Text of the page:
Agencies

[Federal Register Volume 74, Number 217 (Thursday, November 12, 2009)]
[Notices]
[Pages 58243-58245]
From the Federal Register Online via the Government Printing Office [www.gpo.gov]
[FR Doc No: E9-27185]


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DEPARTMENT OF COMMERCE

National Oceanic and Atmospheric Administration

RIN 0648-XS81


Marine Mammals; File Nos. 14682, 10018, 13846, 14451, 14585, 
14599, 14122, 14296, 14353

AGENCY:  National Marine Fisheries Service (NMFS), National Oceanic and 
Atmospheric Administration (NOAA), Commerce.

ACTION:  Notice; receipt of applications.

-----------------------------------------------------------------------

SUMMARY:  Notice is hereby given that NMFS has received nine 
applications for permits or permit amendments to conduct research on 
marine mammals. See SUPPLEMENTARY INFORMATION for additional 
information regarding applicants and specific information on species 
affected.

DATES:  Written, telefaxed, or e-mail comments must be received on or 
before December 14, 2009.

ADDRESSES:  The applications and related documents are available for 
review by selecting ``Records Open for Public Comment'' from the 
Features box on the Applications and Permits for Protected Species 
(APPS) home page, https://apps.nmfs.noaa.gov, and then selecting the 
associated File No. from the list of available applications.
    These documents are also available upon written request or by 
appointment in the offices listed in SUPPLEMENTARY INFORMATION.
    Written comments or requests for a public hearing on these 
applications should be mailed to the Chief, Permits, Conservation and 
Education Division, F/PR1, Office of Protected Resources, NMFS, 1315 
East-West Highway, Room 13705, Silver Spring, MD 20910. Those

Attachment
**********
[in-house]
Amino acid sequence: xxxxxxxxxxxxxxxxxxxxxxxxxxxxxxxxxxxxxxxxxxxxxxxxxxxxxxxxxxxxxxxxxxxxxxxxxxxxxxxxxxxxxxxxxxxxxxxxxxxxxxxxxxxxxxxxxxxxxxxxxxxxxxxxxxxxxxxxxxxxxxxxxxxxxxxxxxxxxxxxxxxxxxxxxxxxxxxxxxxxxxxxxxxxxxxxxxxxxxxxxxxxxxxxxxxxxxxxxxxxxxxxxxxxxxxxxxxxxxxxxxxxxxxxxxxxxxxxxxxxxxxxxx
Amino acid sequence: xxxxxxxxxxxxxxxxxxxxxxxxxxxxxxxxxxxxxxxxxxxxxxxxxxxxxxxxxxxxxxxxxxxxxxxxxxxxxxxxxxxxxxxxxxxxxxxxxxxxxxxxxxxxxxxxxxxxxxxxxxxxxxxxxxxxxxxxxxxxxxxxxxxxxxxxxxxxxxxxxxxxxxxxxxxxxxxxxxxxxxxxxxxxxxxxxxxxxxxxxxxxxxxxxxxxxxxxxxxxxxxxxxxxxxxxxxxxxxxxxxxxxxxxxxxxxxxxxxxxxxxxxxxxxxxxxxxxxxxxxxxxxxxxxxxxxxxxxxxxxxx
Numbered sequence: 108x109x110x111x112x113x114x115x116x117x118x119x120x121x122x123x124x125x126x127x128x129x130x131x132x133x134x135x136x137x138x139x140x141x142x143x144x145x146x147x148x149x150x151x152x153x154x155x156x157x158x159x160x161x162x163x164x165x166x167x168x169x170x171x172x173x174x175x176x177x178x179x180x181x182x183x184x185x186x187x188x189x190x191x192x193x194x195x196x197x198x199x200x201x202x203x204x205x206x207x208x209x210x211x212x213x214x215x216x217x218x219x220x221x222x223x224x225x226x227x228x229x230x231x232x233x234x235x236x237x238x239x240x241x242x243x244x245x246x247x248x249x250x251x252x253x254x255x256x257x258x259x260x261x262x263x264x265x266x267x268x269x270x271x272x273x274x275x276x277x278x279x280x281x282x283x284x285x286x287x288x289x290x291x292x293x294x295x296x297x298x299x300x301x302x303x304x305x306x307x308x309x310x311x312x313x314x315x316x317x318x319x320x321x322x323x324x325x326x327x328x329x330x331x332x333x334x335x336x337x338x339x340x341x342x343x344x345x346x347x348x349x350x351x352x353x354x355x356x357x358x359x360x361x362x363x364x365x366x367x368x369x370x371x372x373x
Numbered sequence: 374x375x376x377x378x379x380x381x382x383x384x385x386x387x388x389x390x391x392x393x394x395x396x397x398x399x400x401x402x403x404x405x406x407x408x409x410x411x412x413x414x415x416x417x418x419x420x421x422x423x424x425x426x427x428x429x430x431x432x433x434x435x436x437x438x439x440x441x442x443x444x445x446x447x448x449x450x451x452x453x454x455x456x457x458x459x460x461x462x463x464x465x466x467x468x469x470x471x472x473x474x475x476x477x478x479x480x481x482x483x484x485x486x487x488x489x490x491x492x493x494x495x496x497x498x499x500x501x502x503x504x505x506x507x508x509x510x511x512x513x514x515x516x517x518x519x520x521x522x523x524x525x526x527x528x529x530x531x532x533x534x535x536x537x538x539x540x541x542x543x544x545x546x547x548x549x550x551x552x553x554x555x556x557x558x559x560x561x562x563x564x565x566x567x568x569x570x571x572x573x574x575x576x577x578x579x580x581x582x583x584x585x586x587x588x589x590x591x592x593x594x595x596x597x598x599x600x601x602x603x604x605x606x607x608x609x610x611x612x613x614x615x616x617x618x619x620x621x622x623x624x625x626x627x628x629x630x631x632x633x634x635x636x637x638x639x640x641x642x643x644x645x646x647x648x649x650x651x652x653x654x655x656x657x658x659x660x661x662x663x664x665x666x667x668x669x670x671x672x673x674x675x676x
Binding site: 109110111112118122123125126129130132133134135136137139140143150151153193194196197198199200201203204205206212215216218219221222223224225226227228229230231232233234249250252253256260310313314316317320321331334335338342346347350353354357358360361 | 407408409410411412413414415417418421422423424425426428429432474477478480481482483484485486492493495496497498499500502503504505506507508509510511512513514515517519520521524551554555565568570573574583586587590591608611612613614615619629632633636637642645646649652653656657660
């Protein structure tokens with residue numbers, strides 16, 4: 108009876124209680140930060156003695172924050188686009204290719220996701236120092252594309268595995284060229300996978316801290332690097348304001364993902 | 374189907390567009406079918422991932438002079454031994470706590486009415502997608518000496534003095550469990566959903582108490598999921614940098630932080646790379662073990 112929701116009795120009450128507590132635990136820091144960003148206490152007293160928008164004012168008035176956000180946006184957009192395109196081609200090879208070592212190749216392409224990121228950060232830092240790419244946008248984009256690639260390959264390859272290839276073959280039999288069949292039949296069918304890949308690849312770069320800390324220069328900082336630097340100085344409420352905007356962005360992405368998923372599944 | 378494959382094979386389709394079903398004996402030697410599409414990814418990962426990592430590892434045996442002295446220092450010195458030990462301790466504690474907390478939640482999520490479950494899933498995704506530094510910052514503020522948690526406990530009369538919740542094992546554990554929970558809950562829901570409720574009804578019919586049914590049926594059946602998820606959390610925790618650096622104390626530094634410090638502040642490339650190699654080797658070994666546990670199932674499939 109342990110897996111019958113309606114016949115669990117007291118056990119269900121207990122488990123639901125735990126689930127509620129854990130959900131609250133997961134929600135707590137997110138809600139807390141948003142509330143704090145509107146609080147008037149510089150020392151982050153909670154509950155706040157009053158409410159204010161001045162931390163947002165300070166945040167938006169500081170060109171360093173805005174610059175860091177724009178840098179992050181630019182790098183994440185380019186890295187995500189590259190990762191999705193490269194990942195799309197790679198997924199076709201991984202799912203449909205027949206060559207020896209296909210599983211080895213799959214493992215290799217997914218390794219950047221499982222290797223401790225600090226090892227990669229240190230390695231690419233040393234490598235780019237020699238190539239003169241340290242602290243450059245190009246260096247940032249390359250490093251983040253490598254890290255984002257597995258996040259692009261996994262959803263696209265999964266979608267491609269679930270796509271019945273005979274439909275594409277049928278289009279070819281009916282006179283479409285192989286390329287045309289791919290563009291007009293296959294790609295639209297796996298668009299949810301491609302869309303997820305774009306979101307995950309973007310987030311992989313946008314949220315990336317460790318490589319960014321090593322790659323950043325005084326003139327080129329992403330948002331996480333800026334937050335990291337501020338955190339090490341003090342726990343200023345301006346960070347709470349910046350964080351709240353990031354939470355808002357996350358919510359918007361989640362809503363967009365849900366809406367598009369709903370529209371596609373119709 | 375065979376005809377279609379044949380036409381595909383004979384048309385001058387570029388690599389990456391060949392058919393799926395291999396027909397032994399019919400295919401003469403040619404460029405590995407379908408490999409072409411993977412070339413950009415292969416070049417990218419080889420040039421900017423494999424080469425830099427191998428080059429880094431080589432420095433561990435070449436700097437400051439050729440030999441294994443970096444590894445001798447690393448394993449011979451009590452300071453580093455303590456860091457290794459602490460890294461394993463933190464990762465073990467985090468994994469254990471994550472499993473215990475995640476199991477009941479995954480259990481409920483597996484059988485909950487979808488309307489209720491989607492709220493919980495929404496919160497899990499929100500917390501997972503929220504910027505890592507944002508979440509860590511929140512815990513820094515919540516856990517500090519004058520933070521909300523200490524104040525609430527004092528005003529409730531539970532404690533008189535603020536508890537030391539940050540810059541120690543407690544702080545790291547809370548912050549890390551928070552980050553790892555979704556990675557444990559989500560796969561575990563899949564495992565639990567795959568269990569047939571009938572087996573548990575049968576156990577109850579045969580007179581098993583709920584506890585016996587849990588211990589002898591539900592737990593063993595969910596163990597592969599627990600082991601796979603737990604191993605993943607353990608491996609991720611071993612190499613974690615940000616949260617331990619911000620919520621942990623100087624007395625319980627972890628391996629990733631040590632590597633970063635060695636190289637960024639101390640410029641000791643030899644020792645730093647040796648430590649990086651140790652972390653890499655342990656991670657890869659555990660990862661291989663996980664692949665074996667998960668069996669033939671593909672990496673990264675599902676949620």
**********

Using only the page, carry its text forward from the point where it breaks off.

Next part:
individuals requesting a hearing should set forth the specific reasons 
why a hearing on this particular request would be appropriate.
    Comments may also be submitted by facsimile at (301)713-0376, 
provided the facsimile is confirmed by hard copy submitted by mail and 
postmarked no later than the closing date of the comment period.
    Comments may also be submitted by e-mail. The mailbox address for 
providing e-mail comments is NMFS.Pr1Comments@noaa.gov. Include in the 
subject line of the e-mail comment the associated File Number.

FOR FURTHER INFORMATION CONTACT:  The following Analysts at (301)713-
2289:
    For File No. 14682: Kristy Beard or Carrie Hubard; File No. 10018: 
Carrie Hubard or Kristy Beard; File No. 13846: Amy Hapeman or Kristy 
Beard; File No. 14451: Kate Swails or Kristy Beard; File No. 14585: Amy 
Hapeman or Kristy Beard; File No. 14599: Amy Sloan or Kristy Beard; 
File No. 14122: Amy Sloan or Kristy Beard; File No. 14296: Kristy Beard 
or Jennifer Skidmore; File No. 14353: Carrie Hubard or Kristy Beard.

SUPPLEMENTARY INFORMATION: The subject permits and permit amendment are 
requested under the authority of the Marine Mammal Protection Act of 
1972, as amended (MMPA; 16 U.S.C. 1361 et seq.), the regulations 
governing the taking and importing of marine mammals (50 CFR part 216), 
the Endangered Species Act of 1973, as amended (ESA; 16 U.S.C. 1531 et 
seq.), and the regulations governing the taking, importing, and 
exporting of endangered and threatened species (50 CFR 222-226).
    Each of the nine applications is summarized below. For specific 
take numbers of each species, please refer to the associated 
application.
    Whitlow Au, Ph.D. [File No. 14682], University of Hawaii, Hawaii 
Institute of Marine Biology, Marine Mammal Research Program, PO Box 
1106, Kailua, HI 96734, requests a five-year permit to investigate the 
population dynamics and behavior of cetaceans around Hawaii and the 
Pacific, to determine aspects of the behavior and use of the acoustic